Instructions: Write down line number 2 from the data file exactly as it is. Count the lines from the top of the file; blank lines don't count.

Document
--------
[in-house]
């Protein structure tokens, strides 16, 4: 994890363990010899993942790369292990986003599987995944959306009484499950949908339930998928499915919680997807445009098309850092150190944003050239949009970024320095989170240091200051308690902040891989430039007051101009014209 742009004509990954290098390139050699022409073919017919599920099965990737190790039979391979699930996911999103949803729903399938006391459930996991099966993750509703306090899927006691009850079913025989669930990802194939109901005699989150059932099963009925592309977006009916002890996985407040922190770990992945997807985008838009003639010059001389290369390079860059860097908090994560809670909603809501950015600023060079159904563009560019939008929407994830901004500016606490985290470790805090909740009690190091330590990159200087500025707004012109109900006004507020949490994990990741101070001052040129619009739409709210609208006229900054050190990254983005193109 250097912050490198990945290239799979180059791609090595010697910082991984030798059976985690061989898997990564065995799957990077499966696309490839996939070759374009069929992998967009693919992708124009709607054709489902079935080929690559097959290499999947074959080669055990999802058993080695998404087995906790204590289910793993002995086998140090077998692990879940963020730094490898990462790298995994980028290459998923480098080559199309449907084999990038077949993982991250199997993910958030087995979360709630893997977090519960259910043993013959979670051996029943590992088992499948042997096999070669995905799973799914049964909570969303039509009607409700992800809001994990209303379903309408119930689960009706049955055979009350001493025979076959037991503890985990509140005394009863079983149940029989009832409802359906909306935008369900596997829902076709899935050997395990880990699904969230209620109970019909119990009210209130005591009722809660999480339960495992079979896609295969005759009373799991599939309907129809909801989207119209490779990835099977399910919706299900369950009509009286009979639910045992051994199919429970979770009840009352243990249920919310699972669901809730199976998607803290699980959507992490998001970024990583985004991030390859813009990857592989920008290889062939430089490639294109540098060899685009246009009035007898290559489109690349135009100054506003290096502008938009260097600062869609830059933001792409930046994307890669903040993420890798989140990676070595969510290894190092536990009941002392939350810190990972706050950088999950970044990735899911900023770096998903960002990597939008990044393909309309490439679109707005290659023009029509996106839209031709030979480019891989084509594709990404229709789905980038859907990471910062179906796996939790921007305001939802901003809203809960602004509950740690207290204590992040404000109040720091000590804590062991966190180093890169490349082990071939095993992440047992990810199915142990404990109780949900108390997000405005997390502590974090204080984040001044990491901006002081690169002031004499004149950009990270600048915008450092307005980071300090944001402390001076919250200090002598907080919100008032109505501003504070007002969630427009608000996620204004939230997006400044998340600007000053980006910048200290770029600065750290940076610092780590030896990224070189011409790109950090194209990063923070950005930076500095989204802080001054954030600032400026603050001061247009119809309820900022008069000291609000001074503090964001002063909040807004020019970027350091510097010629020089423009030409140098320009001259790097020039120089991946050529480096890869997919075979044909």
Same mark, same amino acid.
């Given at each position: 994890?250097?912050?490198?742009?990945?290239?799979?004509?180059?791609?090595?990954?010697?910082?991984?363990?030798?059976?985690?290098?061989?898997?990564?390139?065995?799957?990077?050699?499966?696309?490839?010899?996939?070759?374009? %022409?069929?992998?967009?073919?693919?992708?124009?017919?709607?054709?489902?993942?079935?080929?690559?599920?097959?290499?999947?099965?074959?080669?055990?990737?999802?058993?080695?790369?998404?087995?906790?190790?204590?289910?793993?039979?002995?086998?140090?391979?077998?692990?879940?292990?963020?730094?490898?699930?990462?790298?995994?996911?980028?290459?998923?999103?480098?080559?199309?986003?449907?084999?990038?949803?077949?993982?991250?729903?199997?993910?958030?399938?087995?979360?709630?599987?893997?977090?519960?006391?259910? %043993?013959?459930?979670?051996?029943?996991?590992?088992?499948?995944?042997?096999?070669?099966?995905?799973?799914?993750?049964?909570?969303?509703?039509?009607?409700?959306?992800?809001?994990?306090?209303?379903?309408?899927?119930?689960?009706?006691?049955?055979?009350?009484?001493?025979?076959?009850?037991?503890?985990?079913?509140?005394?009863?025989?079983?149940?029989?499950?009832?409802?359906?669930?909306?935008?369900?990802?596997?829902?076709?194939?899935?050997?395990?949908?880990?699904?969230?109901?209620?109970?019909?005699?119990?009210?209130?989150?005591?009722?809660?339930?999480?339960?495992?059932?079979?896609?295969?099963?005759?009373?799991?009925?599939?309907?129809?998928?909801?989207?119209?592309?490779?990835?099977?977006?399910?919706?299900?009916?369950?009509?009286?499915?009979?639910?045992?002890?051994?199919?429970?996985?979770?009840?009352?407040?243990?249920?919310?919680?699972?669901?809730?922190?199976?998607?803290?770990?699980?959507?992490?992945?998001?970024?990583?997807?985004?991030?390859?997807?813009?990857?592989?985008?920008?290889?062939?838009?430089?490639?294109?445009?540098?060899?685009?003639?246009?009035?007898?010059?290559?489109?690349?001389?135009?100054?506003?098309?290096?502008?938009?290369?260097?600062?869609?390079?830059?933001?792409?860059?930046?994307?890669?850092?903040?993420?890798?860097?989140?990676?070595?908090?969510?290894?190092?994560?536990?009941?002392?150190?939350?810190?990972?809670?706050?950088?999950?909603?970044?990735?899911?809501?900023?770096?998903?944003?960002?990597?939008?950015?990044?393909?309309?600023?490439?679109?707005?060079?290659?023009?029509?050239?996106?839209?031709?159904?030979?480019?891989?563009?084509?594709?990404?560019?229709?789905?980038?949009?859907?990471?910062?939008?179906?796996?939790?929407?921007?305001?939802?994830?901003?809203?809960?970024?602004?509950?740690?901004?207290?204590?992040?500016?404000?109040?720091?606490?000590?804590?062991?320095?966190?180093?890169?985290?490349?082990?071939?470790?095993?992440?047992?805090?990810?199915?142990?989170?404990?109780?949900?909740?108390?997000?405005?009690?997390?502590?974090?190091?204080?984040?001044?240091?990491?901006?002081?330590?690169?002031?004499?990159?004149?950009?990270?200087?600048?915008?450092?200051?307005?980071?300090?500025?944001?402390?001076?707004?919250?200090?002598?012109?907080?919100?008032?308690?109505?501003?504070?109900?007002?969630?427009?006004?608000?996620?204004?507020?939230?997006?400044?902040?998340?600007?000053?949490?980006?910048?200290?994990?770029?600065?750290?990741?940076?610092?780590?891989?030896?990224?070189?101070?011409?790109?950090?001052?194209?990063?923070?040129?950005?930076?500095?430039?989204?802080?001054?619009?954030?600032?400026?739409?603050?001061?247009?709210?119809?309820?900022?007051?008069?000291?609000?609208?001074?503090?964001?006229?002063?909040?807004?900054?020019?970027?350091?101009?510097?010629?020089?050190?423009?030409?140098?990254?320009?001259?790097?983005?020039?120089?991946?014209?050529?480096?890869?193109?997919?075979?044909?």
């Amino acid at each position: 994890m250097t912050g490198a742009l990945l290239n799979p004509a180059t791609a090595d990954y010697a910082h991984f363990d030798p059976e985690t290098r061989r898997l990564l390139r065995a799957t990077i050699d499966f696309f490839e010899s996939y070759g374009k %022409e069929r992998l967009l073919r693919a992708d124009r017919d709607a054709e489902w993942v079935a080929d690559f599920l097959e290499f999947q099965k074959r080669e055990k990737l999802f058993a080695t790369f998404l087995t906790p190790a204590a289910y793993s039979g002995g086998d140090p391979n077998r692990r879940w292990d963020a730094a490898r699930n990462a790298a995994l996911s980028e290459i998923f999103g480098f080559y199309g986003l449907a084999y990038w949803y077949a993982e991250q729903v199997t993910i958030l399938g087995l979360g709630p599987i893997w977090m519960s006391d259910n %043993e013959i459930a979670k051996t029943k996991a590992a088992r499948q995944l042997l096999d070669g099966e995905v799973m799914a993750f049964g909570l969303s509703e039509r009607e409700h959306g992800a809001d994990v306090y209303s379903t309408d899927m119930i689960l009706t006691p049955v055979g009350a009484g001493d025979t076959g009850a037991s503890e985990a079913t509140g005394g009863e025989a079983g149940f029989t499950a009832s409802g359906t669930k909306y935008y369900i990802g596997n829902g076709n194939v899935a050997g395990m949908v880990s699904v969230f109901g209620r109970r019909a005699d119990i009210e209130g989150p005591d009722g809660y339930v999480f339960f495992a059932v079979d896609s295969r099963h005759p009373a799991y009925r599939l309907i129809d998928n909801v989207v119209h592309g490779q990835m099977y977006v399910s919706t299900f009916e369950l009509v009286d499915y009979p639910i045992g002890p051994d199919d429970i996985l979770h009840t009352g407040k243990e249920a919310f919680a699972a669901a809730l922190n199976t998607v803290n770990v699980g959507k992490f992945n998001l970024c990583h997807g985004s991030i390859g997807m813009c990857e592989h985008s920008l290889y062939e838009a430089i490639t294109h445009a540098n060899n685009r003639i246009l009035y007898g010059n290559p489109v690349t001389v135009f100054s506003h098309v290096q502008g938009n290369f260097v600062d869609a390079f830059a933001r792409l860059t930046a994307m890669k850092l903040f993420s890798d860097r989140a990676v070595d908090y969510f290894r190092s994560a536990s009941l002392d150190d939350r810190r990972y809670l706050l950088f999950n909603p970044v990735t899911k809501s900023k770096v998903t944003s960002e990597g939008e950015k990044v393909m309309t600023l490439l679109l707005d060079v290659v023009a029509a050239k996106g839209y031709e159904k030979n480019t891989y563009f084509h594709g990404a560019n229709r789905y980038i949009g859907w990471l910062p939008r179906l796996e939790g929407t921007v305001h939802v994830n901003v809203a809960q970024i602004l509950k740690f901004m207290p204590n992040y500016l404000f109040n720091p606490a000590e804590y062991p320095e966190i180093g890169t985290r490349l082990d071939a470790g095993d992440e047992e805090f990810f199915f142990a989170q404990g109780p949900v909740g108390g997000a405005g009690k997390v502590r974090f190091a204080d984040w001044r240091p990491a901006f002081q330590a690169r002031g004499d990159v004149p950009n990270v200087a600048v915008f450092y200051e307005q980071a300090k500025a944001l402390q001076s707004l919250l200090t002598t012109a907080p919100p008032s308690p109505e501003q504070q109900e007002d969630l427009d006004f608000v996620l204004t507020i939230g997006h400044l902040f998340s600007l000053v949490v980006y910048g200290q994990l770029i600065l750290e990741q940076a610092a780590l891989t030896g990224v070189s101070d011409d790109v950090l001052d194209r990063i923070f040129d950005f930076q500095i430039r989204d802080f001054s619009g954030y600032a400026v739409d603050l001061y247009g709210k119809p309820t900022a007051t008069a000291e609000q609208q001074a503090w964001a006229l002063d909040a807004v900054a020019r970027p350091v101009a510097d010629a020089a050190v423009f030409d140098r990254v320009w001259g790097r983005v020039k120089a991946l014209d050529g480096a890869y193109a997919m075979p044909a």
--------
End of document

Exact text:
């Protein structure tokens, strides 16, 4: 994890363990010899993942790369292990986003599987995944959306009484499950949908339930998928499915919680997807445009098309850092150190944003050239949009970024320095989170240091200051308690902040891989430039007051101009014209 742009004509990954290098390139050699022409073919017919599920099965990737190790039979391979699930996911999103949803729903399938006391459930996991099966993750509703306090899927006691009850079913025989669930990802194939109901005699989150059932099963009925592309977006009916002890996985407040922190770990992945997807985008838009003639010059001389290369390079860059860097908090994560809670909603809501950015600023060079159904563009560019939008929407994830901004500016606490985290470790805090909740009690190091330590990159200087500025707004012109109900006004507020949490994990990741101070001052040129619009739409709210609208006229900054050190990254983005193109 250097912050490198990945290239799979180059791609090595010697910082991984030798059976985690061989898997990564065995799957990077499966696309490839996939070759374009069929992998967009693919992708124009709607054709489902079935080929690559097959290499999947074959080669055990999802058993080695998404087995906790204590289910793993002995086998140090077998692990879940963020730094490898990462790298995994980028290459998923480098080559199309449907084999990038077949993982991250199997993910958030087995979360709630893997977090519960259910043993013959979670051996029943590992088992499948042997096999070669995905799973799914049964909570969303039509009607409700992800809001994990209303379903309408119930689960009706049955055979009350001493025979076959037991503890985990509140005394009863079983149940029989009832409802359906909306935008369900596997829902076709899935050997395990880990699904969230209620109970019909119990009210209130005591009722809660999480339960495992079979896609295969005759009373799991599939309907129809909801989207119209490779990835099977399910919706299900369950009509009286009979639910045992051994199919429970979770009840009352243990249920919310699972669901809730199976998607803290699980959507992490998001970024990583985004991030390859813009990857592989920008290889062939430089490639294109540098060899685009246009009035007898290559489109690349135009100054506003290096502008938009260097600062869609830059933001792409930046994307890669903040993420890798989140990676070595969510290894190092536990009941002392939350810190990972706050950088999950970044990735899911900023770096998903960002990597939008990044393909309309490439679109707005290659023009029509996106839209031709030979480019891989084509594709990404229709789905980038859907990471910062179906796996939790921007305001939802901003809203809960602004509950740690207290204590992040404000109040720091000590804590062991966190180093890169490349082990071939095993992440047992990810199915142990404990109780949900108390997000405005997390502590974090204080984040001044990491901006002081690169002031004499004149950009990270600048915008450092307005980071300090944001402390001076919250200090002598907080919100008032109505501003504070007002969630427009608000996620204004939230997006400044998340600007000053980006910048200290770029600065750290940076610092780590030896990224070189011409790109950090194209990063923070950005930076500095989204802080001054954030600032400026603050001061247009119809309820900022008069000291609000001074503090964001002063909040807004020019970027350091510097010629020089423009030409140098320009001259790097020039120089991946050529480096890869997919075979044909």